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Pharmacy Students Complete Project for Guatemalan Hospital

Second-year pharmacy student Kandice Squires and incoming freshman Will Hobson move medical supplies.

Third-year pharmacy student Kandice Squires and incoming freshman Will Hobson move medical supplies.

Students and faculty from Belmont University’s College of Pharmacy recently completed a year-long project to create an inventory system at the Moore Pediatric Surgery Center in Guatemala City, Guatemala.  The project started last July and included four separate mission trips from the college with a total of 23 students and faculty contributing.  The most recent team finished the expansive project to catalog the contents of the surgery center which includes three operating rooms and 21 beds.  The inventory system was built from scratch, tested, launched and turned over to the surgery center’s local management during the last visit.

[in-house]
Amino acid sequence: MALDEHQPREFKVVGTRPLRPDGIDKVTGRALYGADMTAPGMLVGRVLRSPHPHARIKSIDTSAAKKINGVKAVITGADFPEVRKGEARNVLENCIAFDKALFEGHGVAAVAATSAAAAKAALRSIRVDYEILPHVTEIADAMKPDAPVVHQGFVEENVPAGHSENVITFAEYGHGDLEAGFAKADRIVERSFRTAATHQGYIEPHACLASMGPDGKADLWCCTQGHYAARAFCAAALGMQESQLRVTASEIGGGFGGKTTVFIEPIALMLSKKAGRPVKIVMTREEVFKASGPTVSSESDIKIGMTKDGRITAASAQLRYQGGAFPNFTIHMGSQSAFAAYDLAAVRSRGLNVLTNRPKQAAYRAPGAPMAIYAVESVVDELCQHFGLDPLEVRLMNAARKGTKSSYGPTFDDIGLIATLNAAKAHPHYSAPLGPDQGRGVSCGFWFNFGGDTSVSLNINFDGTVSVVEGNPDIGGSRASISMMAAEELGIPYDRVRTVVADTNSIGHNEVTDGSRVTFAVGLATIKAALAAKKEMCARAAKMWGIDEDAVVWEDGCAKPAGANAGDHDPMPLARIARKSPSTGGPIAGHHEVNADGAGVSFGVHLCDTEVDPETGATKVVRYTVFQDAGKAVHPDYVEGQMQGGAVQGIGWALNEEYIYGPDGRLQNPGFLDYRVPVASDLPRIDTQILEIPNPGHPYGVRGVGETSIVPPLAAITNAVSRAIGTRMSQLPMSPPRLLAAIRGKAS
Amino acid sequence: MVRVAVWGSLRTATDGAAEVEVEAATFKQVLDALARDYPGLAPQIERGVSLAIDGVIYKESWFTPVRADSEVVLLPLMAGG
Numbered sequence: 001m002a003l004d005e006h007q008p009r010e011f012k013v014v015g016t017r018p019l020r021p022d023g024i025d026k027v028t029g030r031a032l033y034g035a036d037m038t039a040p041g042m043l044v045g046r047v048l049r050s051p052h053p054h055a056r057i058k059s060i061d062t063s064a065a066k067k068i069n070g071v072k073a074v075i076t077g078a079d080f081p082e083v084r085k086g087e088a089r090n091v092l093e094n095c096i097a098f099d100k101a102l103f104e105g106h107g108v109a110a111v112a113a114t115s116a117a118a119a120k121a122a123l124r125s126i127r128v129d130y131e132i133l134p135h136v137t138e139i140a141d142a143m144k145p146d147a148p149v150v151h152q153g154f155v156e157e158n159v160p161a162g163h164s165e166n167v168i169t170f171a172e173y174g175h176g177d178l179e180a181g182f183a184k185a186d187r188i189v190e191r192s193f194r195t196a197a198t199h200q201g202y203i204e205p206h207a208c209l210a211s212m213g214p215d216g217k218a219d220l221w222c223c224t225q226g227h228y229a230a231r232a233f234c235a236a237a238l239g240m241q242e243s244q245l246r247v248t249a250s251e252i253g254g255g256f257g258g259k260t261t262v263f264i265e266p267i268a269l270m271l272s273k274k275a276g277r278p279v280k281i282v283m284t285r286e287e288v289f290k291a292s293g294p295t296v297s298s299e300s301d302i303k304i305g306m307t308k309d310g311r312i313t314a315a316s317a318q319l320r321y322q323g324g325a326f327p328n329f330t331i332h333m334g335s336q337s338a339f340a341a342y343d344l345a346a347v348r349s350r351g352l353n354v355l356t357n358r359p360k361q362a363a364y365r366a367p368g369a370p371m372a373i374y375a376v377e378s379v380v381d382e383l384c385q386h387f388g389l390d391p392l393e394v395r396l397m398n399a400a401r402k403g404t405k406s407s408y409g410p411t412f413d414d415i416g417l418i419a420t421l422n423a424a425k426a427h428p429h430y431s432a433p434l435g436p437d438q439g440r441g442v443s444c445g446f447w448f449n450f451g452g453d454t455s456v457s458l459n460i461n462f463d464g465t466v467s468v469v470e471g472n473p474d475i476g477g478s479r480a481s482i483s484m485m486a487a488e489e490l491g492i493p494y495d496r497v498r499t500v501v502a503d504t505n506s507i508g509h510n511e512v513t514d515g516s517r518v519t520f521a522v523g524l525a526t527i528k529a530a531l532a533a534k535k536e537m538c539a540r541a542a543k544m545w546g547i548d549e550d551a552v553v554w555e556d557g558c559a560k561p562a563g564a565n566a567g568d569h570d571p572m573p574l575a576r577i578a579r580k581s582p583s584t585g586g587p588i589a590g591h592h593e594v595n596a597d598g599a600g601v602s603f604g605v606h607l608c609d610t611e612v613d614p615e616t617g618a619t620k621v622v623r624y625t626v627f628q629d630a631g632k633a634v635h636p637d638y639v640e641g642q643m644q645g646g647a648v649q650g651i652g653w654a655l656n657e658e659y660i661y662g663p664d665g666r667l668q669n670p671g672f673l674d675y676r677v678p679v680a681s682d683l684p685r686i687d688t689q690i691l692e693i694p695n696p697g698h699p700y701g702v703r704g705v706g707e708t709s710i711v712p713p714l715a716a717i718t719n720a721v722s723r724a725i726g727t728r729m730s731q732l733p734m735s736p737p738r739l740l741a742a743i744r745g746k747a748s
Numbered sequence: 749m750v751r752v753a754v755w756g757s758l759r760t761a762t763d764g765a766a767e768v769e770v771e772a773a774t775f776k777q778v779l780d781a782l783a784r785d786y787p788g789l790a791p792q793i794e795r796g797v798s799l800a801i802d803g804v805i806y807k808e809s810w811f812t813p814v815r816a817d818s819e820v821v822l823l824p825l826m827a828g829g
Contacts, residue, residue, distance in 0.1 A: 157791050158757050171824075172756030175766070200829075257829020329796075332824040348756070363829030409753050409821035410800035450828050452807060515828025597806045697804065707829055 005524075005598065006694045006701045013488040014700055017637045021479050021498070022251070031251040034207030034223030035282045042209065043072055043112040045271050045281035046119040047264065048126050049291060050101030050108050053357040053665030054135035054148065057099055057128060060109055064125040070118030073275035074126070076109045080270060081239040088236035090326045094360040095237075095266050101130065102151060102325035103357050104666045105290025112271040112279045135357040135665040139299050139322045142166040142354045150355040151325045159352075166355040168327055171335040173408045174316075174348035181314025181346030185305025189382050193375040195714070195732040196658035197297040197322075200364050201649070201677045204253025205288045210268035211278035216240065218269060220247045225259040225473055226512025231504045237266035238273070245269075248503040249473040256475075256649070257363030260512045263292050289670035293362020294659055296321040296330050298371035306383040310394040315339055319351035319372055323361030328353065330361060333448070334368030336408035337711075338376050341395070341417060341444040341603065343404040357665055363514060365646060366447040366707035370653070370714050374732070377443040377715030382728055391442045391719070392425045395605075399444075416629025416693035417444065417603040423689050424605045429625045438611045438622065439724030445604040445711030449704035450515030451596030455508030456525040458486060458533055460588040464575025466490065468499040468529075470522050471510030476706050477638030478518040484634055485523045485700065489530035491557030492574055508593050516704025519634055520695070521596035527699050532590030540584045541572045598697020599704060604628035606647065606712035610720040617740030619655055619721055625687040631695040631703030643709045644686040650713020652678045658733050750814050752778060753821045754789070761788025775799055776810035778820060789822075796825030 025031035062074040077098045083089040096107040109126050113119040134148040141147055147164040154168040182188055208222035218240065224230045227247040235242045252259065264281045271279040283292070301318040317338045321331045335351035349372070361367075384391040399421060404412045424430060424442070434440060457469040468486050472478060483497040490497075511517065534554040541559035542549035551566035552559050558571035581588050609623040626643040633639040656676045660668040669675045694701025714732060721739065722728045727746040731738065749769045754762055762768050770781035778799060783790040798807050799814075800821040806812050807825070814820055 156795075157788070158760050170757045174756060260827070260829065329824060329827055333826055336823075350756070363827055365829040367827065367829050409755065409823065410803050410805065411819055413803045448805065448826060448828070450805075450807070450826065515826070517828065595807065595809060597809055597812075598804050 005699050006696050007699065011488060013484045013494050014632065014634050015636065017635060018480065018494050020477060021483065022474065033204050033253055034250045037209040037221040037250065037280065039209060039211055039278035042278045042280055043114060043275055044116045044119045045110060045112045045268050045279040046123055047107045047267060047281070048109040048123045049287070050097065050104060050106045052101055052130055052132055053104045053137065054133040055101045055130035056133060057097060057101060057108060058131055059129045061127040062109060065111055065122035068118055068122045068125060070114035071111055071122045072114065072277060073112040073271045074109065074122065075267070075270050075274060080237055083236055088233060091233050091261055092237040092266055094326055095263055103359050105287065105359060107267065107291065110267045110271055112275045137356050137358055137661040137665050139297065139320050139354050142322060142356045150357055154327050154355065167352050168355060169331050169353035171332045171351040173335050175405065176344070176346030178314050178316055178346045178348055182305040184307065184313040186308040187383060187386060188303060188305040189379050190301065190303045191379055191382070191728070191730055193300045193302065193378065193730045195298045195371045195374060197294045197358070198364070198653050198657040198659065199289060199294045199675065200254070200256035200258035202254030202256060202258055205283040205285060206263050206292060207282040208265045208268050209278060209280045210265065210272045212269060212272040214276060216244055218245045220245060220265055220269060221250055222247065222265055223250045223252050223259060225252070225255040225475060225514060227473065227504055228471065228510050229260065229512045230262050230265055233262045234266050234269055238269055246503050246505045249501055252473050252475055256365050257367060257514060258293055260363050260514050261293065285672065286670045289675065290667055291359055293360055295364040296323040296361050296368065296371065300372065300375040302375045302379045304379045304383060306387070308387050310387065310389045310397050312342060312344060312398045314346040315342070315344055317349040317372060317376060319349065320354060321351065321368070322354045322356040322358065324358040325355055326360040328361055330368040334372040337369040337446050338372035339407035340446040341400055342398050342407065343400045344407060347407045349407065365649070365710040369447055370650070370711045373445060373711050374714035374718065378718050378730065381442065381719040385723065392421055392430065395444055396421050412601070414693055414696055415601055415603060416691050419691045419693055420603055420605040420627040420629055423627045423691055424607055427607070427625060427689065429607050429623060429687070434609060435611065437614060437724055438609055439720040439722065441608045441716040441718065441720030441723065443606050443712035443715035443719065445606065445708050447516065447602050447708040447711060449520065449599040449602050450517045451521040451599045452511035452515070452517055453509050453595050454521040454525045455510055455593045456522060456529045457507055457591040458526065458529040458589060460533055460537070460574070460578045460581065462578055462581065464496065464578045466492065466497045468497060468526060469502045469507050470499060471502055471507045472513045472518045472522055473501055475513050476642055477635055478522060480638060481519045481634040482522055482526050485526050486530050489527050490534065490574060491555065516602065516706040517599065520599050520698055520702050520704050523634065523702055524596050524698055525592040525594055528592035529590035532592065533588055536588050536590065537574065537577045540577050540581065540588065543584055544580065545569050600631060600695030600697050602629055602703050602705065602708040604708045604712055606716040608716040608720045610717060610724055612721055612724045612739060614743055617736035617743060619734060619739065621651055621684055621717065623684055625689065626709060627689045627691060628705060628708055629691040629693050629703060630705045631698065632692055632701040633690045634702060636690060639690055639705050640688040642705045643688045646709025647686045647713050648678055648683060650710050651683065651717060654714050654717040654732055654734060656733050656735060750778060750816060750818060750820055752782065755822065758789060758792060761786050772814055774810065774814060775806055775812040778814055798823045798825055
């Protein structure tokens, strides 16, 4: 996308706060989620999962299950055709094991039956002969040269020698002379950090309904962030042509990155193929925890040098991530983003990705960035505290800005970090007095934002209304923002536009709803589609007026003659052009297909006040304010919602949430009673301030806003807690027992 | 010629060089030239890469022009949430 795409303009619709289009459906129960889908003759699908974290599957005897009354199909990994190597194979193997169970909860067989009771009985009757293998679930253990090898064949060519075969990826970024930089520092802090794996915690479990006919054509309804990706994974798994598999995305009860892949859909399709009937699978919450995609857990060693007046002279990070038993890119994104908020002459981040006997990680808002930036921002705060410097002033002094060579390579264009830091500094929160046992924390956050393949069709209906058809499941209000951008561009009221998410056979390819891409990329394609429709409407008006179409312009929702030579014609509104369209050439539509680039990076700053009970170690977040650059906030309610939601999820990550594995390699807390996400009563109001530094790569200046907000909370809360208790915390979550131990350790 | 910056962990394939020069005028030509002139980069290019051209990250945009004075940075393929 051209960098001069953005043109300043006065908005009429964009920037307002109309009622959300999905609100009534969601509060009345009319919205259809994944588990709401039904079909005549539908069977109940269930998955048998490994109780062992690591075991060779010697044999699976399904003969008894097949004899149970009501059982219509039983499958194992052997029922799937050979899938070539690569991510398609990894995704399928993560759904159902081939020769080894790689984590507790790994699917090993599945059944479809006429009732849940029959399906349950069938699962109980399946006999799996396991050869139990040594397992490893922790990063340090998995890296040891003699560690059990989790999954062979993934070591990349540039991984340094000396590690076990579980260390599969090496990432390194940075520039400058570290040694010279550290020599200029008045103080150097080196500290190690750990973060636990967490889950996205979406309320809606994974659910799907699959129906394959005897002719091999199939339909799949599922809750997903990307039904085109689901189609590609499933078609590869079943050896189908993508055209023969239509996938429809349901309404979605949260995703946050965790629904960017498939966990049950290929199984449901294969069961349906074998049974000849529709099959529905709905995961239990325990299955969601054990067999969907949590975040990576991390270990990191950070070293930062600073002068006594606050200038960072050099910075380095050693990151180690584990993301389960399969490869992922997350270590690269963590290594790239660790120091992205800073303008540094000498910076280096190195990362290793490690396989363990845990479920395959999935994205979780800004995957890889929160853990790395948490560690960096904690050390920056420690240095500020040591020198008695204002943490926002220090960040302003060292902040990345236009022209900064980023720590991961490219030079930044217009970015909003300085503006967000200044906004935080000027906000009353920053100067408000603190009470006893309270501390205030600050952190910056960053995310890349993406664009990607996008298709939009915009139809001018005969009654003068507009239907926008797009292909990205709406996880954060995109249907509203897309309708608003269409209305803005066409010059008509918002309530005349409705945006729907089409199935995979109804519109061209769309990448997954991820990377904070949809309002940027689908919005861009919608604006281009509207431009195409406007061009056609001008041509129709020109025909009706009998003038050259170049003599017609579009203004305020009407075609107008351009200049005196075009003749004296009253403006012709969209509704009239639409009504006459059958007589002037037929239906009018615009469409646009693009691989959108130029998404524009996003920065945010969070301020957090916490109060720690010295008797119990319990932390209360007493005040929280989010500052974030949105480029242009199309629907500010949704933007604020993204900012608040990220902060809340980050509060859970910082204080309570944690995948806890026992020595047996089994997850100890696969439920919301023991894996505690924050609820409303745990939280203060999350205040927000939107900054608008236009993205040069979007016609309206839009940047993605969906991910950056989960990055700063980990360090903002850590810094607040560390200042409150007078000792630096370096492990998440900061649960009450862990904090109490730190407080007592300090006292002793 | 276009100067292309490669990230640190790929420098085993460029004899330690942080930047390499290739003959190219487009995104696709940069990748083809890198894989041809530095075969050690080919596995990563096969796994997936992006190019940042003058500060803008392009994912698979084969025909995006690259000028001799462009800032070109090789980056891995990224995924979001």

The team was led by Dr. Eric Hobson, professor of pharmacy, who was joined on this most recent trip by his family, including his son enrolling at Belmont this fall.  Hobson has directed all four of the teams that have contributed to this project.  The students on the most recent team included Candice Beam, Kyla Cunico, Alex Ernst, Meredith Ervin, Chelsey Manire and Kandice Squires, all third-year PharmD students, and Kristen Conrad, a second-year student.

“I had to go back to Guatemala,” said Squires, who has also been part of previous project teams.  “I claimed dibs on bringing order to the hospital’s third-floor black hole storage room.  And, we did it.”

Kristen Conrad (CO2017) creates inventory bar codes at Moore Pediatric Surgery Center.

Second-year pharmacy student Kristen Conrad creates inventory bar codes at Moore Pediatric Surgery Center.

Allison Bender, executive director of The Shalom Foundation, the Franklin, Tennessee not-for-profit that built the Moore Pediatric Surgery Center, called the Belmont teams’ service to the organization, “a true blessing.”

“Now the Moore Center staff can be more efficient and be better stewards of donated resources. Most important, the inventory system that our Belmont friends have built helps us provide the hundreds of Guatemalan children entrusted to our medical care each year an even safer, better experience,” Bender said. “God’s work requires many skill sets, and The Shalom Foundation knows that Belmont University community is home to varied talents and a commitment to service.”